The Irish Astronomical Association was formed in 1974 and draws its 200+ members from both the UK and Ireland. The IAA membership ranges from complete beginners to accomplished observers and astrophotographers. Read more.....
The next popular IAA solar outreach day will be on Sunday 6th August from 2:00 to 5:00. All the usual attractions - solar observing if clear, telescope display, meteorites to handle, exhibition of space & astronomy items and of course the ever popular starshows in the Stardome, courtesy of Armagh Planetarium. Shows will run at 2:00, 2:45, 3:30 and 4:15 and tickets are bookable at the reception desk at Castle Espie
‘Heavens Above’ is an Astrophotography exhibition presented by The Irish Astronomical Association. All are welcome to the launch on Mon 3rd July 1.30-3.30pm in the Carnegie Library - Hamilton Road, Bangor. The exhibition is open until 29th July.
Wednesday 12th April marks the date of the 43rd Annual General Meeting of the Association. The purposes of the meeting are to review the activities of the past year, elect a new Council for the coming year and for the Council to receive feedback from the membership on how they - that's you - would like to see the Association develop.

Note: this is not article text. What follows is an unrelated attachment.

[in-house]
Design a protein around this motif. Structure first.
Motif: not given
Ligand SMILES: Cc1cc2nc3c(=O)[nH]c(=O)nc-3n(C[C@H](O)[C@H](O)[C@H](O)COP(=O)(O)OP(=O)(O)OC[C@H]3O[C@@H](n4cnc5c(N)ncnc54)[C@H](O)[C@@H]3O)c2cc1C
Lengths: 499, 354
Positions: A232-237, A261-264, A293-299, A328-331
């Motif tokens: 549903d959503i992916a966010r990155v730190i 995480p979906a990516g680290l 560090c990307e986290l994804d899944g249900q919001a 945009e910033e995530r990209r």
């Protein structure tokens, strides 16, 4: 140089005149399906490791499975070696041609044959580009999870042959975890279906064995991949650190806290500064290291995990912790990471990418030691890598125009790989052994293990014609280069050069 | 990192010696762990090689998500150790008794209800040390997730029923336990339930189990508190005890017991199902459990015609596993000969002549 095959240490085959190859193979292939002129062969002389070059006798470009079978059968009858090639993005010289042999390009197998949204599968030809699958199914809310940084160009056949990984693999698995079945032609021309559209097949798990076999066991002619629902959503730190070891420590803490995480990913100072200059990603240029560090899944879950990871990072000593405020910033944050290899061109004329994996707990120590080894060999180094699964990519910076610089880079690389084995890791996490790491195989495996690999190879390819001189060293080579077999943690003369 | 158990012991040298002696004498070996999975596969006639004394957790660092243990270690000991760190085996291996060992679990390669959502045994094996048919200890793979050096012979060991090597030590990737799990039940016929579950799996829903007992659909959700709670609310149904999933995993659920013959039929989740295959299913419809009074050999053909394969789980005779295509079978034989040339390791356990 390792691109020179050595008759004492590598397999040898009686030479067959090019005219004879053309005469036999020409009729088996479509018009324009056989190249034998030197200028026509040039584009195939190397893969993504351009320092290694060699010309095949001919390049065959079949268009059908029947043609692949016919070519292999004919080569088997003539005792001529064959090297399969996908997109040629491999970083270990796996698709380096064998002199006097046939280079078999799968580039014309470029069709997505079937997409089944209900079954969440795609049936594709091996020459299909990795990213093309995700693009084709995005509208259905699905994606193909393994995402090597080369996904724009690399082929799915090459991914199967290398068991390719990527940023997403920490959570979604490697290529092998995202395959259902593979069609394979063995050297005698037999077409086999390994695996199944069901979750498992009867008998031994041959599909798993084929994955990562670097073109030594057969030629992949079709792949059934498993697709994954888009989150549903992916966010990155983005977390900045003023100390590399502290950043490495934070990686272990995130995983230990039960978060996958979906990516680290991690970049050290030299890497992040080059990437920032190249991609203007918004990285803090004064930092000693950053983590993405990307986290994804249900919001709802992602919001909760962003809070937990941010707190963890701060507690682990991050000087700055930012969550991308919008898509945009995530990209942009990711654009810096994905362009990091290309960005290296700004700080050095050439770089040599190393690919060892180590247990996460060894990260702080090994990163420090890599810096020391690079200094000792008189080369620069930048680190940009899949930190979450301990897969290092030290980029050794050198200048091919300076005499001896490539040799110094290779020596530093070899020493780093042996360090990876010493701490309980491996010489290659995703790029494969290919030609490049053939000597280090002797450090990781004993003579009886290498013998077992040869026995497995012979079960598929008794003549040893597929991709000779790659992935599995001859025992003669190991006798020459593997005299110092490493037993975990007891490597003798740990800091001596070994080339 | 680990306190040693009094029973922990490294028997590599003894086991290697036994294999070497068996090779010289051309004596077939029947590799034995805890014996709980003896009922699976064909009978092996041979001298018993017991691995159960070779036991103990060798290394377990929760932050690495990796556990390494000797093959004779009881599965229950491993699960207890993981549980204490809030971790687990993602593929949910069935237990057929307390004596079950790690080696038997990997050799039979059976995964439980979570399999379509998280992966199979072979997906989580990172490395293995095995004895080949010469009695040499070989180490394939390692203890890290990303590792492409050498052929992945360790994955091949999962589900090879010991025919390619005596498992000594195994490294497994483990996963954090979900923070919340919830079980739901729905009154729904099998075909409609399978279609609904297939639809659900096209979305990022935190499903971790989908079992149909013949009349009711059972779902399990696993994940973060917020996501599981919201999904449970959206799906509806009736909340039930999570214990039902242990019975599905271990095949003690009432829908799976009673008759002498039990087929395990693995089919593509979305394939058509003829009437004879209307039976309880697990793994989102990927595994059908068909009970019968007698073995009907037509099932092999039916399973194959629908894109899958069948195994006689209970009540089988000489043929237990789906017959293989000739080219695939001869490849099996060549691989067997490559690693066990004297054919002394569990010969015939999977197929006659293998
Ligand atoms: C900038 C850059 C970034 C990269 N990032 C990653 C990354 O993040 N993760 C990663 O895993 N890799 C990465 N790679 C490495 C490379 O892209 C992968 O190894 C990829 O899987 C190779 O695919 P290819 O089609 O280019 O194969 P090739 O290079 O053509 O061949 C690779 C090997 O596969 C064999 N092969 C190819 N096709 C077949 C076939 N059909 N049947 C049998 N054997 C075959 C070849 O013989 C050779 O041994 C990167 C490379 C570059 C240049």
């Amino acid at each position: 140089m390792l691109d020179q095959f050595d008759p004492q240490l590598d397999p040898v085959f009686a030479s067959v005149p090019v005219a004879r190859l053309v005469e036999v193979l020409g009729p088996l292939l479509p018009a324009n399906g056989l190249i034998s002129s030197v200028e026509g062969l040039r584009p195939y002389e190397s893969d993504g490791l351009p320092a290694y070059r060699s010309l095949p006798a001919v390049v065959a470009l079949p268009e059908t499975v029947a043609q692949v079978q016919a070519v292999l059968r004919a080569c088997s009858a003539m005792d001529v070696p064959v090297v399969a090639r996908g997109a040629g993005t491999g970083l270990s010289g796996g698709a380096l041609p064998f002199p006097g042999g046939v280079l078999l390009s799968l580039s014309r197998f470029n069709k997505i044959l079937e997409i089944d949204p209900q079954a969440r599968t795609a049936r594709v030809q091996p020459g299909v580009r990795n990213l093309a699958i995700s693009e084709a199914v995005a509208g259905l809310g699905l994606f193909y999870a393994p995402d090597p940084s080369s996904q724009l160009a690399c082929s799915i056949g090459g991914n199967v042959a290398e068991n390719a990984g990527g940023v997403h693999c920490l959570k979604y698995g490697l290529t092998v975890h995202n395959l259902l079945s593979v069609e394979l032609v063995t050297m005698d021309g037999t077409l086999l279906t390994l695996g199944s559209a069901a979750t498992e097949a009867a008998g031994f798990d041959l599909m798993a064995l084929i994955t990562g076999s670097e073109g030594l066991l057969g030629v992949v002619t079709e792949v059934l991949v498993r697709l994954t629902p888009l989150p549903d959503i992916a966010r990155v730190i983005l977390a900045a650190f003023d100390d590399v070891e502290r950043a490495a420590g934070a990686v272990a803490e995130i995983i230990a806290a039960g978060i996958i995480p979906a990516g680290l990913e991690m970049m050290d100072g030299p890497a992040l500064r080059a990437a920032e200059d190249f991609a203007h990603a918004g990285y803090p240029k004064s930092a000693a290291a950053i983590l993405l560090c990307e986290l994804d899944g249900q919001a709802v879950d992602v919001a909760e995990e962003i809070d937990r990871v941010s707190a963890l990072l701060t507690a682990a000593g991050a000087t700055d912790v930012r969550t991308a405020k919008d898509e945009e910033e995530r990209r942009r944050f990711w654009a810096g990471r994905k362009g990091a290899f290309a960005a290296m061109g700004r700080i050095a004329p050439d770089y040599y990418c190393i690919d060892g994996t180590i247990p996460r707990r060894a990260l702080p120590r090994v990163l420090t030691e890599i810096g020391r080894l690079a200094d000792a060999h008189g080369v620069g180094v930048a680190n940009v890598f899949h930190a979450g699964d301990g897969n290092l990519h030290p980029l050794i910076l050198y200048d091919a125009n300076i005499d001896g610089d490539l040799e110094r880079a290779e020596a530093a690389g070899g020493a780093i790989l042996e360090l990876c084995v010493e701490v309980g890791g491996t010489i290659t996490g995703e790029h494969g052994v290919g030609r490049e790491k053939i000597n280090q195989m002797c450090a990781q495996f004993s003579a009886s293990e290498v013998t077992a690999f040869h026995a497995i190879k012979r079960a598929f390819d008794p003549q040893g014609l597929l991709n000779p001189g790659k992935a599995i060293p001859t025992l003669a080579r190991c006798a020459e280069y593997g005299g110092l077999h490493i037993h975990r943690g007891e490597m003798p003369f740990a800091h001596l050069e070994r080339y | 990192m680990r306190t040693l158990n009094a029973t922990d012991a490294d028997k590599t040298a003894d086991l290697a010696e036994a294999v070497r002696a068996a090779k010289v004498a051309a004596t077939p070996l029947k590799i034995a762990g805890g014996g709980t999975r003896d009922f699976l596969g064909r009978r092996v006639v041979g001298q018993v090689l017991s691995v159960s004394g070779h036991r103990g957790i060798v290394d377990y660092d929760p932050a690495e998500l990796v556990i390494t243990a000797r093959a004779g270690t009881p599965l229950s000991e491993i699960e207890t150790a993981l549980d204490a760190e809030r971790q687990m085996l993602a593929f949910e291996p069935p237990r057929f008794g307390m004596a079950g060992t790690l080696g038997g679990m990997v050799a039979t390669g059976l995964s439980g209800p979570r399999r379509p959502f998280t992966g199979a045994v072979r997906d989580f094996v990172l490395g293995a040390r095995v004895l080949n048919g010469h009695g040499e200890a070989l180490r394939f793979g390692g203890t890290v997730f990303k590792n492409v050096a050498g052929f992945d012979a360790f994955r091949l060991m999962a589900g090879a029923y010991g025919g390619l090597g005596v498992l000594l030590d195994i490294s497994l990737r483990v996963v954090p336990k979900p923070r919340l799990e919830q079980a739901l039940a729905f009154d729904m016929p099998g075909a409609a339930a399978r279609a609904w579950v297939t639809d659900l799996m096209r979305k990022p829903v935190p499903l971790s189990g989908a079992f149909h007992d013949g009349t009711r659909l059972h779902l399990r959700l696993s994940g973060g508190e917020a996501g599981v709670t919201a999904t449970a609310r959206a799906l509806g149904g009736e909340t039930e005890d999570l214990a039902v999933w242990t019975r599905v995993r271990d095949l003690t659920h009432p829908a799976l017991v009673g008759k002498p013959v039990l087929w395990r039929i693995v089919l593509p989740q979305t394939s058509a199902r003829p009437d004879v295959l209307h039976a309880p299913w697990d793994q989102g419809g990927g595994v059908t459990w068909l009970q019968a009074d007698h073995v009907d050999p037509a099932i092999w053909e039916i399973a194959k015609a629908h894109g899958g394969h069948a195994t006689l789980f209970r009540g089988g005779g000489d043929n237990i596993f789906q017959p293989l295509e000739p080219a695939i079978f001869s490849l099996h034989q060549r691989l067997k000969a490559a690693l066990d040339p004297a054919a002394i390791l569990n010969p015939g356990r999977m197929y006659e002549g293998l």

We have also had a sub-committee sitting to decide whether or not the prestigious Aidan P Fitzgerald Award should be awarded this year, and if so, who the recipient should be.
The nature of dark matter and dark energy remains one of astronomy’s most profound mysteries. Scheduled for launch in 2020, ESA’s Euclid satellite will map precisely the distribution of dark matter in the Universe and provide the most accurate measurement yet of the cosmic acceleration.
Taken together, these two observations will provide a stringent test of our cosmological model. In addition, Euclid will provide an unprecedented legacy of high-resolution imaging over tens of thousands of square degrees of sky.
We know only the 4 per cent of the Universe, the other 96 per cent is made of things that astronomers cannot detect or even comprehend. Supernovae are stellar explosions capable to outshine the luminosity of an entire galaxy. It means that a single star explosion can irradiate more energy than 100 billions stars altogether. It is thanks to such explosions that we can have heavy elements like iron on our planet, as well as the Earth itself. Furthermore, it is exciting how Supernovae can also help us to understand the aforementioned missing and mysterious 96 per cent of our Universe, something that astronomers call dark energy and dark matter.